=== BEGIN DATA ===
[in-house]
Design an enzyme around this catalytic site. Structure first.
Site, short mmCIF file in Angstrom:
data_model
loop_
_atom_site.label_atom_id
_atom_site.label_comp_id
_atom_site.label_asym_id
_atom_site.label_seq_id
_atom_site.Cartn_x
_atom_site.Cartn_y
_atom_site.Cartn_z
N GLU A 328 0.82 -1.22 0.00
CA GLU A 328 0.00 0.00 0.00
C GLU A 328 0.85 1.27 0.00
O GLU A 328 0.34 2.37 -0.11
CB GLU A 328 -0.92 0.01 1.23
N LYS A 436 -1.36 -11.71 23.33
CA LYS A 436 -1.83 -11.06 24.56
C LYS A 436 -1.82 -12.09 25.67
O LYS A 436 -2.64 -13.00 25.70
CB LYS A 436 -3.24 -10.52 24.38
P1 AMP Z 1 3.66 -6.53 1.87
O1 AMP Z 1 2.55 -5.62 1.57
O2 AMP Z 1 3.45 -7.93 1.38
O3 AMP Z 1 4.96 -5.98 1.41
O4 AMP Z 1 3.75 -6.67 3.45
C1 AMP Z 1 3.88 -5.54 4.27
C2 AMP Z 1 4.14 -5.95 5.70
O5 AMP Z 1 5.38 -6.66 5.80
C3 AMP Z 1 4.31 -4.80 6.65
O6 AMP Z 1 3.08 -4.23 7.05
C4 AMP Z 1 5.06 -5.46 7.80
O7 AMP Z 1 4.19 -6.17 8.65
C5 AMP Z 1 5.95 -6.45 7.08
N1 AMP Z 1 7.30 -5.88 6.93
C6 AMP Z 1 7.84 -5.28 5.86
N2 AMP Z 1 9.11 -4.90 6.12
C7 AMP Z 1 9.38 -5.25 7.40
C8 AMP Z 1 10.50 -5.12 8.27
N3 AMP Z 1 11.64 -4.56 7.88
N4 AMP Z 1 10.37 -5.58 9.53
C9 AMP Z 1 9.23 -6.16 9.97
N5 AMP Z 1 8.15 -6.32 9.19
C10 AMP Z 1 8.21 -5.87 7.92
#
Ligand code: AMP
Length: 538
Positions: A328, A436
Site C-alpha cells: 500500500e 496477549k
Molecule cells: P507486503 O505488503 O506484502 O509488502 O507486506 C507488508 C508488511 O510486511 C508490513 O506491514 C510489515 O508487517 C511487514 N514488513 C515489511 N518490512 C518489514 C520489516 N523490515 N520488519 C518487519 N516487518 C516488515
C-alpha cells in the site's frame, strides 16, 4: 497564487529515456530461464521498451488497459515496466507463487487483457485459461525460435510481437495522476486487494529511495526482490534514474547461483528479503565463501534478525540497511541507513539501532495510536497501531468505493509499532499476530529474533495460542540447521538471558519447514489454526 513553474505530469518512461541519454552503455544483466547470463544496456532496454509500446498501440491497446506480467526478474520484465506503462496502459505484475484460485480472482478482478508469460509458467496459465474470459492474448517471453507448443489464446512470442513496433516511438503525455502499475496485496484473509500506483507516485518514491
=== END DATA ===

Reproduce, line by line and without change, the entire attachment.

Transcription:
[in-house]
Design an enzyme around this catalytic site. Structure first.
Site, short mmCIF file in Angstrom:
data_model
loop_
_atom_site.label_atom_id
_atom_site.label_comp_id
_atom_site.label_asym_id
_atom_site.label_seq_id
_atom_site.Cartn_x
_atom_site.Cartn_y
_atom_site.Cartn_z
N GLU A 328 0.82 -1.22 0.00
CA GLU A 328 0.00 0.00 0.00
C GLU A 328 0.85 1.27 0.00
O GLU A 328 0.34 2.37 -0.11
CB GLU A 328 -0.92 0.01 1.23
N LYS A 436 -1.36 -11.71 23.33
CA LYS A 436 -1.83 -11.06 24.56
C LYS A 436 -1.82 -12.09 25.67
O LYS A 436 -2.64 -13.00 25.70
CB LYS A 436 -3.24 -10.52 24.38
P1 AMP Z 1 3.66 -6.53 1.87
O1 AMP Z 1 2.55 -5.62 1.57
O2 AMP Z 1 3.45 -7.93 1.38
O3 AMP Z 1 4.96 -5.98 1.41
O4 AMP Z 1 3.75 -6.67 3.45
C1 AMP Z 1 3.88 -5.54 4.27
C2 AMP Z 1 4.14 -5.95 5.70
O5 AMP Z 1 5.38 -6.66 5.80
C3 AMP Z 1 4.31 -4.80 6.65
O6 AMP Z 1 3.08 -4.23 7.05
C4 AMP Z 1 5.06 -5.46 7.80
O7 AMP Z 1 4.19 -6.17 8.65
C5 AMP Z 1 5.95 -6.45 7.08
N1 AMP Z 1 7.30 -5.88 6.93
C6 AMP Z 1 7.84 -5.28 5.86
N2 AMP Z 1 9.11 -4.90 6.12
C7 AMP Z 1 9.38 -5.25 7.40
C8 AMP Z 1 10.50 -5.12 8.27
N3 AMP Z 1 11.64 -4.56 7.88
N4 AMP Z 1 10.37 -5.58 9.53
C9 AMP Z 1 9.23 -6.16 9.97
N5 AMP Z 1 8.15 -6.32 9.19
C10 AMP Z 1 8.21 -5.87 7.92
#
Ligand code: AMP
Length: 538
Positions: A328, A436
Site C-alpha cells: 500500500e 496477549k
Molecule cells: P507486503 O505488503 O506484502 O509488502 O507486506 C507488508 C508488511 O510486511 C508490513 O506491514 C510489515 O508487517 C511487514 N514488513 C515489511 N518490512 C518489514 C520489516 N523490515 N520488519 C518487519 N516487518 C516488515
C-alpha cells in the site's frame, strides 16, 4: 497564487529515456530461464521498451488497459515496466507463487487483457485459461525460435510481437495522476486487494529511495526482490534514474547461483528479503565463501534478525540497511541507513539501532495510536497501531468505493509499532499476530529474533495460542540447521538471558519447514489454526 513553474505530469518512461541519454552503455544483466547470463544496456532496454509500446498501440491497446506480467526478474520484465506503462496502459505484475484460485480472482478482478508469460509458467496459465474470459492474448517471453507448443489464446512470442513496433516511438503525455502499475496485496484473509500506483507516485518514491